In the material prosperity of post-war America, as crackpot realism has triumphed in practical affairs, all sorts of writers, from a rather confused variety of viewpoints, have been groping for a conservative ideology.
They have not found it, and they have not managed to create it. What they have found is an absence of mind in politics, and what they have managed to create is a mood.
The psychological heart of this mood is a feeling of powerlessness—but with the old edge taken off, for it is a mood of acceptance and of a relaxation of the political will.
The intellectual core of the groping for conservatism is a giving up of the central goal of the secular impulse in the West: the control through reason of man’s fate. It is this goal that has lent continuity to the humanist tradition, re-discovered in the Renaissance, and so strong in nineteenth century American experience. It is this goal that has been the major impulse of classic liberalism and of classic socialism.
The groping for conservative ideas, which signifies the weakening of this impulse, involves the search for tradition rather than reason as guide; the search for some natural aristocracy as an anchor point of tradition and a model of character. Sooner or later, those who would give up this impulse must take up the neo-Burkeian defense of irrationality, for that is, in fact, the only possible core of a genuinely conservative ideology. And it is not possible, I believe, to establish such an ideology in the United States.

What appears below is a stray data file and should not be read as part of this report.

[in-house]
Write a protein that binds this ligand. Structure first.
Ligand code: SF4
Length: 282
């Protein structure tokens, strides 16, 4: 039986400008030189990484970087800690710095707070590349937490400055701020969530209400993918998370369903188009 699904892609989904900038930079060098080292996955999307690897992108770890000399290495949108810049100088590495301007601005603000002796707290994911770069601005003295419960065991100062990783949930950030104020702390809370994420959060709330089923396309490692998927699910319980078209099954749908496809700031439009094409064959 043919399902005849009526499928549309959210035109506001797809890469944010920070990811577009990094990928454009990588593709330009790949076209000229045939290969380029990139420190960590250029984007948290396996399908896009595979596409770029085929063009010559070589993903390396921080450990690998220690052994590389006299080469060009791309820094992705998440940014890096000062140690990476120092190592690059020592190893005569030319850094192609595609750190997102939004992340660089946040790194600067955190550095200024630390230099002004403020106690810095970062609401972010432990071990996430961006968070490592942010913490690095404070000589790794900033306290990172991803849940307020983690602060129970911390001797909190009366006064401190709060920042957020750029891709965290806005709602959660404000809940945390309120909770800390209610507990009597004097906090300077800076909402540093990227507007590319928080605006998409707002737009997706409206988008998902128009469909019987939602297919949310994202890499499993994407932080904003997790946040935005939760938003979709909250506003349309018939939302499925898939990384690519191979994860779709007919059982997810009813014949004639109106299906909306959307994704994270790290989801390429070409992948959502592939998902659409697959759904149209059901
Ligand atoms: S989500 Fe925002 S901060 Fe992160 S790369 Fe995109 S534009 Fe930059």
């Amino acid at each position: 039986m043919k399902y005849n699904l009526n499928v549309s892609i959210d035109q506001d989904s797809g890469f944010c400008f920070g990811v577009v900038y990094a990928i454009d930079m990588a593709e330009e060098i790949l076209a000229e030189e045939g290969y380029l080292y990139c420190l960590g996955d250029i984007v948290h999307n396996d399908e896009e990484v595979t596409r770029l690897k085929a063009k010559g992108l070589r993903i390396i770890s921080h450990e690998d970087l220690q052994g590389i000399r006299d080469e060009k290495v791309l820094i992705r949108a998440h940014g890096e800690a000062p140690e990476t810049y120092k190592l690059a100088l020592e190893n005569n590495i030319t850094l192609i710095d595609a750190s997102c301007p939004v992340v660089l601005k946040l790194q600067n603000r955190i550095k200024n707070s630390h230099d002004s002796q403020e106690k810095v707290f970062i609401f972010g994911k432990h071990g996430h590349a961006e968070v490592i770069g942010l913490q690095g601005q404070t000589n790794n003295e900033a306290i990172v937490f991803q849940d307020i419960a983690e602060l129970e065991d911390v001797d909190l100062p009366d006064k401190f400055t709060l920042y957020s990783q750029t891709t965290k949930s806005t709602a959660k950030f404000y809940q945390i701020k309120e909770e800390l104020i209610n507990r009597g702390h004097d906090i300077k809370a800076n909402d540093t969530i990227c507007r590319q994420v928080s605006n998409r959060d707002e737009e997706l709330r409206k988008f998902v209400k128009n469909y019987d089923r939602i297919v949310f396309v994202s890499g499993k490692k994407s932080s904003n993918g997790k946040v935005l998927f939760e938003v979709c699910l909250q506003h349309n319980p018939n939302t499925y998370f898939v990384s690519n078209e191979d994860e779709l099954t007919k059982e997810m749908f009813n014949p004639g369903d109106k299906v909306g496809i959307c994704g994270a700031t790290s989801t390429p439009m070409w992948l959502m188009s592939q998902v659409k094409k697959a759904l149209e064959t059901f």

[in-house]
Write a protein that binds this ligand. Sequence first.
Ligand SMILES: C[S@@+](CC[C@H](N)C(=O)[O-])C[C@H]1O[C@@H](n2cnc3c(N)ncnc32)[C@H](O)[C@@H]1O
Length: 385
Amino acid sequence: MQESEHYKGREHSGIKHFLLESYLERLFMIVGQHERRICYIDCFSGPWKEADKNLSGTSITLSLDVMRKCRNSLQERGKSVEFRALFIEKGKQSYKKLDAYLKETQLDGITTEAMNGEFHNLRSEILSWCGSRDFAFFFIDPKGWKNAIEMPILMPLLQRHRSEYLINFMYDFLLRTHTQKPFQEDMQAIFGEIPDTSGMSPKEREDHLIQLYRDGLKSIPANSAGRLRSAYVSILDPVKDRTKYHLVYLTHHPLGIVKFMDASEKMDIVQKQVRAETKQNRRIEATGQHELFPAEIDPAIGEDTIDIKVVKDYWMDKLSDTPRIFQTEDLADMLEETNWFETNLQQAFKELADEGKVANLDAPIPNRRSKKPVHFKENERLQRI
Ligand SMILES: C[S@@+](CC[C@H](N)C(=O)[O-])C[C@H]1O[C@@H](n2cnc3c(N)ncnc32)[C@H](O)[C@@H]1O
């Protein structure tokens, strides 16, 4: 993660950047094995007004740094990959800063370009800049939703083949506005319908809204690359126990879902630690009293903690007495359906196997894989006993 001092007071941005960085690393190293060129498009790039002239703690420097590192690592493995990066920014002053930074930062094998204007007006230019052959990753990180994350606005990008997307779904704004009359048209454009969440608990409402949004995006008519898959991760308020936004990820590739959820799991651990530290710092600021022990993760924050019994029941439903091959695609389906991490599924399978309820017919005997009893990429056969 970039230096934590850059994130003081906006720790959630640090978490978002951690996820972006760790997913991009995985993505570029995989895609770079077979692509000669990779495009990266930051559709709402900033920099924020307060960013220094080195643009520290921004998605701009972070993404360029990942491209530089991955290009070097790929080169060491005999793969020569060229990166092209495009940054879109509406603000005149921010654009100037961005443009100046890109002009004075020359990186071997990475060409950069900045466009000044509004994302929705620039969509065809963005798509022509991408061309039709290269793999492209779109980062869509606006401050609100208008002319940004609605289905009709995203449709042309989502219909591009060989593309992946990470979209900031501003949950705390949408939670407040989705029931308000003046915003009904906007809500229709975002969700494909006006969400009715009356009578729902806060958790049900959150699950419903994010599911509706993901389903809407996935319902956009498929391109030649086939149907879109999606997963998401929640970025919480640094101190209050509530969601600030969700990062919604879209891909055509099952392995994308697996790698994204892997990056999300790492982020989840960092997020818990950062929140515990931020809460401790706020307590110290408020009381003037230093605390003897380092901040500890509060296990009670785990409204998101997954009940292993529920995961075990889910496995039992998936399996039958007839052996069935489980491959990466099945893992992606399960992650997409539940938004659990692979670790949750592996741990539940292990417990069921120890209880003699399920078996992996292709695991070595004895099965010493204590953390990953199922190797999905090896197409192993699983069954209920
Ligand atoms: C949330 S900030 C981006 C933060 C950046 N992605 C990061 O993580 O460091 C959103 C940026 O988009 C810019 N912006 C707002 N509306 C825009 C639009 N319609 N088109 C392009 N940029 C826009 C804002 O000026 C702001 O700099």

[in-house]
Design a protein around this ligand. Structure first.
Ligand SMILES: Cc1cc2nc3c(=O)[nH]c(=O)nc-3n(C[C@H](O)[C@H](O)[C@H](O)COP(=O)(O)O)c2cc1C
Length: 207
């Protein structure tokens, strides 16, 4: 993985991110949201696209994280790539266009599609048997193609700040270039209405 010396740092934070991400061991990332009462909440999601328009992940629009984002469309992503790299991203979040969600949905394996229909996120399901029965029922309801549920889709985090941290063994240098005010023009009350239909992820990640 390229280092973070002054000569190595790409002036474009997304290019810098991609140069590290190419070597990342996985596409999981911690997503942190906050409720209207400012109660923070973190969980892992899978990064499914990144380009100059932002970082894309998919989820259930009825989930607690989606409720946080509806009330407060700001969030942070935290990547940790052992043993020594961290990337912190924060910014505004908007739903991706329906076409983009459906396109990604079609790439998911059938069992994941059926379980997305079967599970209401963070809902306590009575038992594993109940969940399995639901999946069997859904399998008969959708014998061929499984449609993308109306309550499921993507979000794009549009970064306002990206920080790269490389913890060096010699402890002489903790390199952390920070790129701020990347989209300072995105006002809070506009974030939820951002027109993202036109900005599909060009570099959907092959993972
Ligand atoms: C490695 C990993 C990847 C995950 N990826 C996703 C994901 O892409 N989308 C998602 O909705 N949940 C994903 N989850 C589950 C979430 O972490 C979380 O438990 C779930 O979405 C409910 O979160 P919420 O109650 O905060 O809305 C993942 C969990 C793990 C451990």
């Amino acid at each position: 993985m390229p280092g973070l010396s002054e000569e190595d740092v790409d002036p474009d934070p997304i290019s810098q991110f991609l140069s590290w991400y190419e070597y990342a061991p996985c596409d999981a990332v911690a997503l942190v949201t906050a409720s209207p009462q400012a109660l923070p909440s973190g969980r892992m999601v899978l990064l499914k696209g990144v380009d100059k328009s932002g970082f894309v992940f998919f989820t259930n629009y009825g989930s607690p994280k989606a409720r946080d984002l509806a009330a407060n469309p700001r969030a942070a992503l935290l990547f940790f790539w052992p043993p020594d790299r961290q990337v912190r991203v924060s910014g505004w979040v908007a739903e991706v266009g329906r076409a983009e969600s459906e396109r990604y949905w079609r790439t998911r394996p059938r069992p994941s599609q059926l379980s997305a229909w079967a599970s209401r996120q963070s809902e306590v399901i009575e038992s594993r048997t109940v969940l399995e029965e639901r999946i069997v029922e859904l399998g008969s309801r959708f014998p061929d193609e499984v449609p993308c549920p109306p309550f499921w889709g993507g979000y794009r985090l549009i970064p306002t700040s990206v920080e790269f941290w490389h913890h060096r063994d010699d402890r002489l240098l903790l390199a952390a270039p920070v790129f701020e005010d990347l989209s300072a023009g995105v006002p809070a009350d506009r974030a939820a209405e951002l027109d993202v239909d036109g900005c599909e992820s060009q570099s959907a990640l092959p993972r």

Russell Kirk’s “prolonged essay in definition” (The Conservative Mind) is the most explicit attempt to translate the conservative mood into conservative ideas. His work, however, does not succeed in the translation it attempts. When we examine it carefully we find that it is largely assertion, without arguable support, and that it seems rather irrelevant to modern realities, and not very useful as a guideline of political conduct and policy:
1: The conservative, we are told, believes that “divine intent rules society,” man being incapable of grasping by his reason the great forces that prevail. Along with this, he believes that change must be slow and that “providence is the proper instrument for change,” the test of a statesman being his “cognizance of the real tendency of Providential social forces.”
2: The conservative has an affection for “the variety and mystery of traditional life” perhaps most of all because he believes that “tradition and sound prejudices” check man’s presumptuous will and archaic impulse.
3: “Society,” the conservative holds, “longs for leadership,” and there are “natural distinctions” among men which form a natural order of classes and powers. When we hold these points close together, we can understand each of them more cle...
For just $19.95 a year, get access to new issues and decades' worth of archives on our site.
Print + Online
For $35 a year, get new issues delivered to your door and access to our full online archives.